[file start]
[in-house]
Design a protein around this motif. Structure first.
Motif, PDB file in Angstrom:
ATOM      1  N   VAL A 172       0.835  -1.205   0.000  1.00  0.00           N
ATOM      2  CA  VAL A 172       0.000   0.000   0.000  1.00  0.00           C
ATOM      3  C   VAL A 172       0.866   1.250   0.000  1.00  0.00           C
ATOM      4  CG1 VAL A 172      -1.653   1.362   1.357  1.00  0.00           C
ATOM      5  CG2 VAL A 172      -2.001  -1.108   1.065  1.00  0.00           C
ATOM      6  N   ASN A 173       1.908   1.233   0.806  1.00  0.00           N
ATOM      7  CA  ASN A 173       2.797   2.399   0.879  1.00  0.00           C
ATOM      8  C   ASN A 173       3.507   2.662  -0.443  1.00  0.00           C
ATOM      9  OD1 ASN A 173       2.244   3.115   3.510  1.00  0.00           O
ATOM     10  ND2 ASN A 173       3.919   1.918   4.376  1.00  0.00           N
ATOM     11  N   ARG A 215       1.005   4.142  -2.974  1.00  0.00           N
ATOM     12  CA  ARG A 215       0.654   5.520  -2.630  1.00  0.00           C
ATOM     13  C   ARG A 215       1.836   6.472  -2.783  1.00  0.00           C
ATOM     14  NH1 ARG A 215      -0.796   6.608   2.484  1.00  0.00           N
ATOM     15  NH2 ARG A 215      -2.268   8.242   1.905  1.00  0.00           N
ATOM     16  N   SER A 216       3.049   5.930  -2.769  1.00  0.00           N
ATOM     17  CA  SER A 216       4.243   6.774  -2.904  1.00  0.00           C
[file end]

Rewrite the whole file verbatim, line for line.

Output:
[in-house]
Design a protein around this motif. Structure first.
Motif, PDB file in Angstrom:
ATOM      1  N   VAL A 172       0.835  -1.205   0.000  1.00  0.00           N
ATOM      2  CA  VAL A 172       0.000   0.000   0.000  1.00  0.00           C
ATOM      3  C   VAL A 172       0.866   1.250   0.000  1.00  0.00           C
ATOM      4  CG1 VAL A 172      -1.653   1.362   1.357  1.00  0.00           C
ATOM      5  CG2 VAL A 172      -2.001  -1.108   1.065  1.00  0.00           C
ATOM      6  N   ASN A 173       1.908   1.233   0.806  1.00  0.00           N
ATOM      7  CA  ASN A 173       2.797   2.399   0.879  1.00  0.00           C
ATOM      8  C   ASN A 173       3.507   2.662  -0.443  1.00  0.00           C
ATOM      9  OD1 ASN A 173       2.244   3.115   3.510  1.00  0.00           O
ATOM     10  ND2 ASN A 173       3.919   1.918   4.376  1.00  0.00           N
ATOM     11  N   ARG A 215       1.005   4.142  -2.974  1.00  0.00           N
ATOM     12  CA  ARG A 215       0.654   5.520  -2.630  1.00  0.00           C
ATOM     13  C   ARG A 215       1.836   6.472  -2.783  1.00  0.00           C
ATOM     14  NH1 ARG A 215      -0.796   6.608   2.484  1.00  0.00           N
ATOM     15  NH2 ARG A 215      -2.268   8.242   1.905  1.00  0.00           N
ATOM     16  N   SER A 216       3.049   5.930  -2.769  1.00  0.00           N
ATOM     17  CA  SER A 216       4.243   6.774  -2.904  1.00  0.00           C